*A native of Isola della Scala, Verona, Italy, Eros Poli is best remembered for his 1994 Tour de France stage 15 win of Mont Ventoux after a 106 mile solo escape. Eros, at 6 feet 4 inches and 187 pounds, was not a prospect to win one of the most difficult and famous climbs in the Tour de France. He escaped, however, from the peloton very early on and, under conditions of searing heat, arrived at the base of Mont Ventoux with a 22 minute lead. Steadily, the chase pack of climbers began taking back time. Arriving at the final 300 meters of the climb where the grade is 11% the lead had dwindled to 4 minutes. Eros survived Mont Ventoux and then hammered the descent to arrive in Carpentras to an incredible win by 3 minutes and 39 seconds ahead of Pantani and Virenque. His escape and victory earned him the nickname “Monsieur Mont Ventoux”.

"La Storica", New Vintage Ride in Italy

My good friend Eros Poli (Monsieur Mont Ventoux, so called because of his stage victory there in 1994) was invited to participate in the 1st edition of this new event, "La Storica", on April 6th.

The 57 km ride begins and ends in Finale Ligure which is located on the Gulf of Genoa. Parts of the route are on "strada sterrate" (non-paved) roads. The intent of the organizers is to re-create the glory of cycling of years long ago and all riders of vintage bikes were welcomed.

The official website, is still under construction. You can see, however, the announcement in Italian (in pdf format) for this year's event at

This ride would appear to be a Spring time alternative to the Fall "L'Eroica".

Photos: courtesy of Eros Poli

2008 Giro d'Italia Marketing and Fashion

The marketing campaign for the 2008 Giro d'Italia has begun in earnest. The leading piece in the campaign is this "The Giro returns, Italian passion" which appeared in yesterday's La Gazzetta dello Sport.
In addition to the jerseys typically on sale the Giro has once again created a "fashion" line of sports clothing. Here are some examples:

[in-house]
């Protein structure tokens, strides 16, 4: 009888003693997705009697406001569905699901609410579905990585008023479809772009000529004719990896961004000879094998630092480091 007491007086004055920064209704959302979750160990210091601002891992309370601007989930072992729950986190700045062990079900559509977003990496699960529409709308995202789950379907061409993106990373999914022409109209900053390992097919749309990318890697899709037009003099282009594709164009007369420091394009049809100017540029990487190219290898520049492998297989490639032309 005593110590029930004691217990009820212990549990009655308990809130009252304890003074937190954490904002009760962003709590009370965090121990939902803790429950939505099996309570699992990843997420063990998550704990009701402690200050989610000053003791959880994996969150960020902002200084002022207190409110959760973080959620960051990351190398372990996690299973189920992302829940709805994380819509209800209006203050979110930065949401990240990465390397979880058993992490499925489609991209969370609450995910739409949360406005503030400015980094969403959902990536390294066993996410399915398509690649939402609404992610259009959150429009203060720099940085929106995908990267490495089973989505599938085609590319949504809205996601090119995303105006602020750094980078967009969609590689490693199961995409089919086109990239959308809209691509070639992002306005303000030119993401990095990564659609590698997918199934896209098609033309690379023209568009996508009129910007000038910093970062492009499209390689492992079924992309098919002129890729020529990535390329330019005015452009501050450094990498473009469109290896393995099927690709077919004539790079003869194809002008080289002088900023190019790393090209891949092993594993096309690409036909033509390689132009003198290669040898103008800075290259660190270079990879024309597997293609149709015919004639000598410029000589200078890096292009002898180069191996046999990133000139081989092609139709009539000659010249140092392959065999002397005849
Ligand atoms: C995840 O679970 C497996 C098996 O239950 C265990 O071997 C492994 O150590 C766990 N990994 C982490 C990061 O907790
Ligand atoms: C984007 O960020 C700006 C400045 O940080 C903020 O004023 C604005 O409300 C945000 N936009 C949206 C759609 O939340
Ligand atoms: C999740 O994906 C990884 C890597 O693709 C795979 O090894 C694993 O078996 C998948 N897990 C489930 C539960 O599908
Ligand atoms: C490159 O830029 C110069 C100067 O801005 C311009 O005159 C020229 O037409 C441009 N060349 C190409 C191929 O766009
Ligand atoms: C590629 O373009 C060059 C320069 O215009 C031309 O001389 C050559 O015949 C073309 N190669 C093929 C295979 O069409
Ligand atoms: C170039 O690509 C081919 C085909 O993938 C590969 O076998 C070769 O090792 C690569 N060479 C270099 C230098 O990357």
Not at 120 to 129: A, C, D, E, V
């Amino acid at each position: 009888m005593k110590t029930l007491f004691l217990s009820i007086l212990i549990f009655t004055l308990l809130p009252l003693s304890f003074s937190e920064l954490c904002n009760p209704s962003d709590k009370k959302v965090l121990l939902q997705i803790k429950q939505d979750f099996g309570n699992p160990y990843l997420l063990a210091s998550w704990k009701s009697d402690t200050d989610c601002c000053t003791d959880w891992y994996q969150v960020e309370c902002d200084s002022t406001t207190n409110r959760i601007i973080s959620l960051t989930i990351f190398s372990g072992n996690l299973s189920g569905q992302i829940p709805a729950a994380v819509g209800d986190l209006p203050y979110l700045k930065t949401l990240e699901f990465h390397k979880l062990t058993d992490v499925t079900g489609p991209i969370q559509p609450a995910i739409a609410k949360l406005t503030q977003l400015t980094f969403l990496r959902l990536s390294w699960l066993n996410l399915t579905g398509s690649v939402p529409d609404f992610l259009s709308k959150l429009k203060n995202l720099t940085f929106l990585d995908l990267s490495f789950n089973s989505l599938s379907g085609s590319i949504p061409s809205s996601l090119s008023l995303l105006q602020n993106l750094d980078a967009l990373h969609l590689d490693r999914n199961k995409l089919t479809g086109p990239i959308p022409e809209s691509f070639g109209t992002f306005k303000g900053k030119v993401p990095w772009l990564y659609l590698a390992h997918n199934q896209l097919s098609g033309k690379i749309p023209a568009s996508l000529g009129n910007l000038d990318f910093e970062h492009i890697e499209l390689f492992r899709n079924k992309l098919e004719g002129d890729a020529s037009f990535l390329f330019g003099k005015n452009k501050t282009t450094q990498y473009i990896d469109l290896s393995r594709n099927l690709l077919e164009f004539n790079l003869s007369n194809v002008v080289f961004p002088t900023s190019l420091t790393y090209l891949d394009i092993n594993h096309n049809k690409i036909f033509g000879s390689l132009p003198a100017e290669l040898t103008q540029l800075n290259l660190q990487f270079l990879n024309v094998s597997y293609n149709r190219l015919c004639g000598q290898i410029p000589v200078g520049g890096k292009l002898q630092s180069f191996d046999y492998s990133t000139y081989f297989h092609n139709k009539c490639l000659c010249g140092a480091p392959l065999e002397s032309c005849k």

The entire line can be seen at

I suggest trying to inquire about ordering.

Sunday, April 6, 2008

Peri-Fosse, and more

As previously mentioned, Floridian Brent was spending a week in Verona to get some riding in. Five days of some long rides, mixed with some relatively short ones plus a visit to Dario Pegoretti, culminated with a plan to tackle the Peri to Fosse climb on Thursday.

The Peri-Fosse climb is one of the "must do" climbs for all Verona area riders. 10% average for 10KM, with a couple of 15% sections.

From Verona the best way to arrive at Peri is to wind along the Val Adige until you reach Peri. The weather along the way was lovely but Fosse had ominous cloud cover moving in.

We arrived at Peri and Brent described the mountain as having been slashed by Zorro. There are only 10 switchbacks so the stretches are fairly long between the switchbacks making is look like Zs. As we climbed we were fortunate that it was still sunny on the climbing side of the mountain. In this photo you can see one of the switchbacks at the bottom, and across the valley the mighty Monte Baldo (which also has some great roads for climbing). On the valley floor you can see the town of Peri, and the Adige River. The 14th stage of this year's Giro di'Italia will descend from Fosse to Peri which I'm sure will be hair-raising.

Brent beat me to the top but I made him turn around and go down a bit so I could take some photographs. I'm sure he was happy to do the 15% section again!